But David was a sinner, just like you and me… a sinner saved by grace. And one day he sinned grievously by committing adultery with a woman, and then trying to cover up that sin by having her husband murdered. For at least a year, David lived with that sin unconfessed in his life. Finally, after the prophet Nathan confronted him about his sin, David confessed it and got things right with God. Afterwards, he wrote Psalm 51 and in that psalm he asked God, restore to me the joy of Your salvation (vs. 12). David was saved, even when he had sinned… he was saved even though he was harboring unconfessed sin in his life… he was saved, but he was JOYLESS. SIN HAD ROBBED HIM OF HIS JOY.

If you know you are saved, my Brother… my Sister, but you wonder where the joy went… there may be sin in the camp… you may need to pray as David prayed, Wash me thoroughly from my iniquity, and cleanse me from my sin (Psalm 51:2). If we confess our sins, He is faithful and just to forgive us our sins and to cleanse us from all unrighteousness (1 John 1:9 NKJV).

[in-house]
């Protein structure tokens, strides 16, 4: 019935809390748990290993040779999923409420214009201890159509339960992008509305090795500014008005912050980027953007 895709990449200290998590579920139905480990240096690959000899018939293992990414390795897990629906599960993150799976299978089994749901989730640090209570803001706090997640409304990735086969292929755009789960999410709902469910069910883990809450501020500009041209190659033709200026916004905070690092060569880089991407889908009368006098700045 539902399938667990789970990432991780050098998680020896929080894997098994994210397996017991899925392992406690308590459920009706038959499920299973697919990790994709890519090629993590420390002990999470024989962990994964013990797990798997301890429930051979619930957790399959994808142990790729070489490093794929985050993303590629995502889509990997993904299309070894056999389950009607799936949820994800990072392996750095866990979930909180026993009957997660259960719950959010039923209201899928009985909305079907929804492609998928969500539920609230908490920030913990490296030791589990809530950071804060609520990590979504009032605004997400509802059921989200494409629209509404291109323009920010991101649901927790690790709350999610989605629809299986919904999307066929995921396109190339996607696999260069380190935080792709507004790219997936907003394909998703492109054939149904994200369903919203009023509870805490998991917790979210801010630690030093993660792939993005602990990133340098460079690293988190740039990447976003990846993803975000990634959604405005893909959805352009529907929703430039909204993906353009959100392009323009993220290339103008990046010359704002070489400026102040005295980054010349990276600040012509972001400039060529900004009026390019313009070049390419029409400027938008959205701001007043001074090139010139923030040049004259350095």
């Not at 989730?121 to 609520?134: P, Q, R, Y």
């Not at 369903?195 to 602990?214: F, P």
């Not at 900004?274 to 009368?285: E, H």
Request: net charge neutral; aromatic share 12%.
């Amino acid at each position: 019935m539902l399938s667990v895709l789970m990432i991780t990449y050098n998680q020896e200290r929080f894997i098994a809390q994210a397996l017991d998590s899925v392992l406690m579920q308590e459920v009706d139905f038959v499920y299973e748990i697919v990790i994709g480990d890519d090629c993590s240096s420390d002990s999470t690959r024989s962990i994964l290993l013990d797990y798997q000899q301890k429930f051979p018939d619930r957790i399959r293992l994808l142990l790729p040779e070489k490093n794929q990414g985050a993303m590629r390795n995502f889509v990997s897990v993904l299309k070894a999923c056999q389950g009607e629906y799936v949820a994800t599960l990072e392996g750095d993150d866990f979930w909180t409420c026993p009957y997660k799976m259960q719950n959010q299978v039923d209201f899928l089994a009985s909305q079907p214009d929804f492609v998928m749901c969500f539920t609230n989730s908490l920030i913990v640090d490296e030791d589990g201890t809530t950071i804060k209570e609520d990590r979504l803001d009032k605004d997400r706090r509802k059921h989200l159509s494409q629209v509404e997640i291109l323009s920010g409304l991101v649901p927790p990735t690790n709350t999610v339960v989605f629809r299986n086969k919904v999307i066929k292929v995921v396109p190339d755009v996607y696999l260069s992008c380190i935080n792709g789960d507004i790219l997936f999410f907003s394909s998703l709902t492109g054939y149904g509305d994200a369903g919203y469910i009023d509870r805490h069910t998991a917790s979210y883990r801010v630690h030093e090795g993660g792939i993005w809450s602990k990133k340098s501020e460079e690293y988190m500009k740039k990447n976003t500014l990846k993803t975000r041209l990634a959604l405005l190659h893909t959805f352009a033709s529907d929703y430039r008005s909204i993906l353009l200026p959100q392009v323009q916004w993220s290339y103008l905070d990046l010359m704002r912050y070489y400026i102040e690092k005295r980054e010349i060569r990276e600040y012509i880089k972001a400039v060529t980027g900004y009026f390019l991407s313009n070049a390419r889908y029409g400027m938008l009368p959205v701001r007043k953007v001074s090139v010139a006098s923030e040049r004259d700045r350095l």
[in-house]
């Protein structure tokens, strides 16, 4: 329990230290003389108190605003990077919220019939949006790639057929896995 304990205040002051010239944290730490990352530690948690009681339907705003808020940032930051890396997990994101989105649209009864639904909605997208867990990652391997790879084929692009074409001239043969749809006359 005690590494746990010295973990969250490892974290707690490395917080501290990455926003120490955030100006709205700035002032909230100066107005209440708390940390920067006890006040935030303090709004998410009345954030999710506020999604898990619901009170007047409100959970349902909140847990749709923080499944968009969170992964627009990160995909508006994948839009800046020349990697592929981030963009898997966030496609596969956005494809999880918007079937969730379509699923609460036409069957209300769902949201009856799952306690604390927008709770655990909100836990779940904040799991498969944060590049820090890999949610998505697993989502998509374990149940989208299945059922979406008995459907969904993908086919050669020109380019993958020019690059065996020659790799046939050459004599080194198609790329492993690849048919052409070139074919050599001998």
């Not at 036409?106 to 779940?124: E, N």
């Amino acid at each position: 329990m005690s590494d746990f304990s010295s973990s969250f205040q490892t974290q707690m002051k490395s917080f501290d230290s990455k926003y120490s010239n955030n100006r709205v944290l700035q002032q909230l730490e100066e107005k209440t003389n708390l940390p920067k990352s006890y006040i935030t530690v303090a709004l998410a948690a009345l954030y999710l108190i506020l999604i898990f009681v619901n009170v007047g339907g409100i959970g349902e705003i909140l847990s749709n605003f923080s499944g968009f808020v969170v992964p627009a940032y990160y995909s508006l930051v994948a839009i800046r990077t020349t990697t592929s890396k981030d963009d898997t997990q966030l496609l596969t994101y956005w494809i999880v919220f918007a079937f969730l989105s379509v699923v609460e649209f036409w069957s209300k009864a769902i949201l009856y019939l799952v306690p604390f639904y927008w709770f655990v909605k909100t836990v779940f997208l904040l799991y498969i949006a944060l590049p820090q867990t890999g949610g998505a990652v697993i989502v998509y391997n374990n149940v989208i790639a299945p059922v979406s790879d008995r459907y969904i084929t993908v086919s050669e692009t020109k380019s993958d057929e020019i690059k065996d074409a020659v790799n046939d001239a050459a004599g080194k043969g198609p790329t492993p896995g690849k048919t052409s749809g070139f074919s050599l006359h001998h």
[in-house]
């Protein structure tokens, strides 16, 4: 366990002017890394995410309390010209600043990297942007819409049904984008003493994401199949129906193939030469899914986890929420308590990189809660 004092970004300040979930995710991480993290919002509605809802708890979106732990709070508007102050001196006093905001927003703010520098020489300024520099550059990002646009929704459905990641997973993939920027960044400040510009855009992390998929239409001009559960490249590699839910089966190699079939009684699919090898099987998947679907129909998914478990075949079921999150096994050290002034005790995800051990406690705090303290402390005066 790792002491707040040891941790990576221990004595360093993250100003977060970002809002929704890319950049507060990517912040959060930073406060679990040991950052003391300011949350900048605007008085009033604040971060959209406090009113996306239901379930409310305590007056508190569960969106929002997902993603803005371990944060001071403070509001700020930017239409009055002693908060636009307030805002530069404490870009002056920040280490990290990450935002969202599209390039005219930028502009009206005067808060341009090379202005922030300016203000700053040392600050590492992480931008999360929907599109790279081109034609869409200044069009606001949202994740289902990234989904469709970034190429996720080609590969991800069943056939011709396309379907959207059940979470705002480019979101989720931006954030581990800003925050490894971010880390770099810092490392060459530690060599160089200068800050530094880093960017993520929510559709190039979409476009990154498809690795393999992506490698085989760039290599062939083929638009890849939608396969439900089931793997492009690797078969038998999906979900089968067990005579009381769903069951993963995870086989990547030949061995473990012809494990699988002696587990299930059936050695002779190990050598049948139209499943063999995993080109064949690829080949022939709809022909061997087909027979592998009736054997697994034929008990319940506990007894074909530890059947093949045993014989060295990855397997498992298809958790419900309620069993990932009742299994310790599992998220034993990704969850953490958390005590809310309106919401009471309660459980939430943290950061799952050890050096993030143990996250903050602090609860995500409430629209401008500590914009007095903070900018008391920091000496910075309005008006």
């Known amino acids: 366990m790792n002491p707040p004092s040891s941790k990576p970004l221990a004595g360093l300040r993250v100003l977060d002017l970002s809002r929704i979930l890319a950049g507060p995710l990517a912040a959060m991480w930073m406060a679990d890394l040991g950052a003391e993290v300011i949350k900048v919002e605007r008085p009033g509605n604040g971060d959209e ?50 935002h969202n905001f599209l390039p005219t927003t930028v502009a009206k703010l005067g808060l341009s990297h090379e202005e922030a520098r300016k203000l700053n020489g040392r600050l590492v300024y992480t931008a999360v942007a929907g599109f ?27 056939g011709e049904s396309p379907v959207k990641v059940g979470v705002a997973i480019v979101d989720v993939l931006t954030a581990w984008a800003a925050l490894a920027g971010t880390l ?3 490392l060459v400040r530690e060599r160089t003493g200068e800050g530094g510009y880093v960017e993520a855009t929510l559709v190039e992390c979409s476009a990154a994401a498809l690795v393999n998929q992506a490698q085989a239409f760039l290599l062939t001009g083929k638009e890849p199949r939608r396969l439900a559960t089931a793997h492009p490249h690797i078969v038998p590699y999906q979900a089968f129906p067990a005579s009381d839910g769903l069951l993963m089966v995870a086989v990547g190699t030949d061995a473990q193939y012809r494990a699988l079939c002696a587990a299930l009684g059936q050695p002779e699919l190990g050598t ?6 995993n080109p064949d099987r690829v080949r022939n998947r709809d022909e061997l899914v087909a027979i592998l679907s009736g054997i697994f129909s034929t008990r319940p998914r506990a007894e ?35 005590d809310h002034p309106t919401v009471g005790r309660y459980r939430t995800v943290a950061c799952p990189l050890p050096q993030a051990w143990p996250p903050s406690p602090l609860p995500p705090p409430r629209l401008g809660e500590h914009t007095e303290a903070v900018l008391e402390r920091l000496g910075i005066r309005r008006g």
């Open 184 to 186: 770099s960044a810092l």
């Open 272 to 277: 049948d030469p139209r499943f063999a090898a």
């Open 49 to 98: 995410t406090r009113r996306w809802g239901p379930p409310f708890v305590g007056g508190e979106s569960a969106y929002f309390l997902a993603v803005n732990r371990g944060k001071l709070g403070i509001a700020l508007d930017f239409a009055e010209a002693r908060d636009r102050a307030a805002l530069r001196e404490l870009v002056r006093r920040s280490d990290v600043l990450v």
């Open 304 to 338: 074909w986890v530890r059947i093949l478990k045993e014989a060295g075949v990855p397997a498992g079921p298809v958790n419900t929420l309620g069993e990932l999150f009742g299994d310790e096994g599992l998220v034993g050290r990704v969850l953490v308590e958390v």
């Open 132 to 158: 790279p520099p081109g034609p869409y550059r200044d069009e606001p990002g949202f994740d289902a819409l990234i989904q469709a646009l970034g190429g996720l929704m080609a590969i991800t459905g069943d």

Examine yourself, whether you are praying enough.

Until now you have asked nothing in My name. Ask, and you will receive, that your joy may be full (John 16:24 NKJV).

Pray. It’s pretty hard to miss Jesus’ point there.

Pray. Jesus plainly said here that prayer brings joy.

Pray. Seeing God answer our prayers is an unmatched source of joy.

Pray. This is a present active imperative, meaning we are to pray and keep praying. It describes persistent prayer that does not give up.

If you have joy but want more joy… pray more. If you have joy, but it kind of ebbs and flows for you… pray more.

A.W. Tozer said, “The Christian owes it to the world to be supernaturally joyful.”

Moms – on this your day, I pray for you to have joy. And not only for you, but for all on this day. May God grant you joy – joy unspeakable – joy that overcomes all the “little whiles” of sorrow and pain we might have to endure.